New York-based Help Remedies, the creator of over-the-counter medicine in minimalist (and calming) packaging, is relaunching tomorrow.
MOCO featured the original Help concept back in 2008. The new packaging, designed in conjunction with PearlFisher, is launching with the bold statement “Take Less”, calling out big pharma for its excesses and promoting the idea of moderation in OTC drugs.
Says Help, “In a category that traditionally promotes more, extra, bigger, faster, etc., boutique pharma company Help is communicating a unique message, that less – less drugs, less dyes, less coatings – is sometimes more.”
Founded in 2008 by former ad executives Richard Fine and Nathan Frank, Help began as a passion project – a response to personal distrust and confusion with OTC products, packaging and language. The brand quickly amassed a cult following for its simple, eco-friendly packaging, clever product monikers, and online wit in what is characteristically a staid category.
After the launch in 2008, Help discovered some problems bigger than packaging. “Drug companies’ ongoing need to make more and sell more results in a proliferation of complicated and unclear products – mixed active ingredients, higher dosages, unnecessary dyes and coatings. All of this nonsense makes for a confused consumer, who very often has little idea what drugs they are actually consuming when they reach for a bottle of pain medicine,” says Help Co-Founder and CEO Richard Fine.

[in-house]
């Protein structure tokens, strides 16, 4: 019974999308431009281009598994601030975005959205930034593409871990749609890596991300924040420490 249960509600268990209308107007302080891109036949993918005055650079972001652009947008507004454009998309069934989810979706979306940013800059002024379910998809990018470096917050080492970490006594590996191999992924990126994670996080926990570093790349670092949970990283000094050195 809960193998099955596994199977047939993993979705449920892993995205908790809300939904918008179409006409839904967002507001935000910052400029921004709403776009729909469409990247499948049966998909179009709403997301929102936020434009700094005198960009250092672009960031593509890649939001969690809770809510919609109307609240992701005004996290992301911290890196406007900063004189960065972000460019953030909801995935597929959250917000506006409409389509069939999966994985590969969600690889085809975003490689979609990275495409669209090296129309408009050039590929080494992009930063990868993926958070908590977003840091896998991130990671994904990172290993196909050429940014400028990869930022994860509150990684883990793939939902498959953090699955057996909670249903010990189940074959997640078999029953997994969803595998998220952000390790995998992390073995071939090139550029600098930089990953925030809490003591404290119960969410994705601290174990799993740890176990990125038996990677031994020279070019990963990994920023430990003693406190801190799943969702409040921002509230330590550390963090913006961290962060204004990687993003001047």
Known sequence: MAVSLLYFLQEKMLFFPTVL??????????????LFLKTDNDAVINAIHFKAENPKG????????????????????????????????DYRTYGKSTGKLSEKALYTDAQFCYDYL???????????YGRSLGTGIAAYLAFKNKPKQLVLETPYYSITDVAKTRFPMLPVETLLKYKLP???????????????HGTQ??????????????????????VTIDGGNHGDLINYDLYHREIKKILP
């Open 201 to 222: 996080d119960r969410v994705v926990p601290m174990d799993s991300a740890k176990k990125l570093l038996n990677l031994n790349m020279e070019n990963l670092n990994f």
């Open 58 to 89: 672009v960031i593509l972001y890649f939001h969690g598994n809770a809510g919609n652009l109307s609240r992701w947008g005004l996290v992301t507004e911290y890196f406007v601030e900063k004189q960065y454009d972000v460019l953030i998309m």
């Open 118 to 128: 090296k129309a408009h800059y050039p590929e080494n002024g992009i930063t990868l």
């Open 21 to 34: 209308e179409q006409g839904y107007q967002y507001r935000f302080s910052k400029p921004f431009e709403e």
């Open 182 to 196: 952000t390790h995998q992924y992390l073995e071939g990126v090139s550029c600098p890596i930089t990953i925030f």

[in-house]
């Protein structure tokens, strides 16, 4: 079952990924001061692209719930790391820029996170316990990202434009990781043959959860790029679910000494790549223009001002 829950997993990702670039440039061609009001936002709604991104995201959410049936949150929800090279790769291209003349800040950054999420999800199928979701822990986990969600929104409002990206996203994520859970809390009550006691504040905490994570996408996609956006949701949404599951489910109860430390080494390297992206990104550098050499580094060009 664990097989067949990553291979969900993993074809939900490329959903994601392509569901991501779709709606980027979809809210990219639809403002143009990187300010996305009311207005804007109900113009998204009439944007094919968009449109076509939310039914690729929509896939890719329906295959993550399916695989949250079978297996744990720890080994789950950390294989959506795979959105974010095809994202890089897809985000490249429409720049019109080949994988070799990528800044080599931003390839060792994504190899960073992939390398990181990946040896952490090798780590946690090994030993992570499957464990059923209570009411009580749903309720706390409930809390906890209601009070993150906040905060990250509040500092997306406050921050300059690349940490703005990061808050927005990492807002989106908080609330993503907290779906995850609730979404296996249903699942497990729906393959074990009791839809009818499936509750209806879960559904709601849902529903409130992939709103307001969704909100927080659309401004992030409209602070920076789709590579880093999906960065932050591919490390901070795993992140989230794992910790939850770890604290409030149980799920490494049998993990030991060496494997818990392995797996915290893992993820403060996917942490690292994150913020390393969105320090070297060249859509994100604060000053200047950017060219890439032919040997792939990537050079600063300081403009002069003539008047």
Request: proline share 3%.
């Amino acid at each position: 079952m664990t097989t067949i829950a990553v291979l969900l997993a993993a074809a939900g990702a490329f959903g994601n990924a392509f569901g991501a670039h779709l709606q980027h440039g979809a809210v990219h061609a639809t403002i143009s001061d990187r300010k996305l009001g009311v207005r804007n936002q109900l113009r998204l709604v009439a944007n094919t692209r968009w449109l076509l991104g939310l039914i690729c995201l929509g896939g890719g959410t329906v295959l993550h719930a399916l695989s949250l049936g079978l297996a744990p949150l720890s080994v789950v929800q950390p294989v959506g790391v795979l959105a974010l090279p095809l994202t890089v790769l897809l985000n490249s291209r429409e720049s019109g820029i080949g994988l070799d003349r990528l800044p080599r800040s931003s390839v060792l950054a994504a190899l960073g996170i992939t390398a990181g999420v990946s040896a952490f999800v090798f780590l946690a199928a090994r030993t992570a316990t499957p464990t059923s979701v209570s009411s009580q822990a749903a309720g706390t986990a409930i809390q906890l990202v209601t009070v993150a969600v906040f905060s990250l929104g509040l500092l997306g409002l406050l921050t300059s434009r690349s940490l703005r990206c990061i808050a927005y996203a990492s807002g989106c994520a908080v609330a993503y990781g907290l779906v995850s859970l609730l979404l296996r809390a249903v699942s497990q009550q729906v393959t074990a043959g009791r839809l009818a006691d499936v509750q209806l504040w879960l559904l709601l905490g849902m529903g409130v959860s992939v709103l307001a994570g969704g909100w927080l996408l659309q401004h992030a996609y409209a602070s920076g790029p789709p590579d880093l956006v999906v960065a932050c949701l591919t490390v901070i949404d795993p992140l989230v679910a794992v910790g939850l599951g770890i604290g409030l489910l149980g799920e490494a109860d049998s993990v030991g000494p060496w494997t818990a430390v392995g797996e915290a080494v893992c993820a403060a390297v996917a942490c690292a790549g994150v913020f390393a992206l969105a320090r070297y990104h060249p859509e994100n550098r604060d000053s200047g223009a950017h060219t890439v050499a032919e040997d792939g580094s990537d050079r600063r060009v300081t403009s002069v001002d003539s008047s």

Help hopes to improve the situation by promising consumers less:
Ã¢â¬Â¢ Less drugs – All of Help’s medicines are made with single active ingredients (help, I have a headache, for example, contains only acetaminophen, whereas some other headache medicines contain two or three drugs.)
Ã¢â¬Â¢ Less dyes – Help’s drugs are made with no dyes and the fewest possible coatings. Much of the coating and colors on popular drugs is decoration with no medical benefit.
Ã¢â¬Â¢ Less confusion – Each product is titled after the symptom it is meant to solve, e.g., help I have allergies, instead of a brand name, so people understand clearly what they are taking and what they are taking it for.
“While the company encourages consumers to ‘Take Less’, Help isn’t an anti-drug company; in fact they are a drug company; one that understands and values the importance of medicine, yet thinks that simplicity and moderation are desperately needed in the industry.”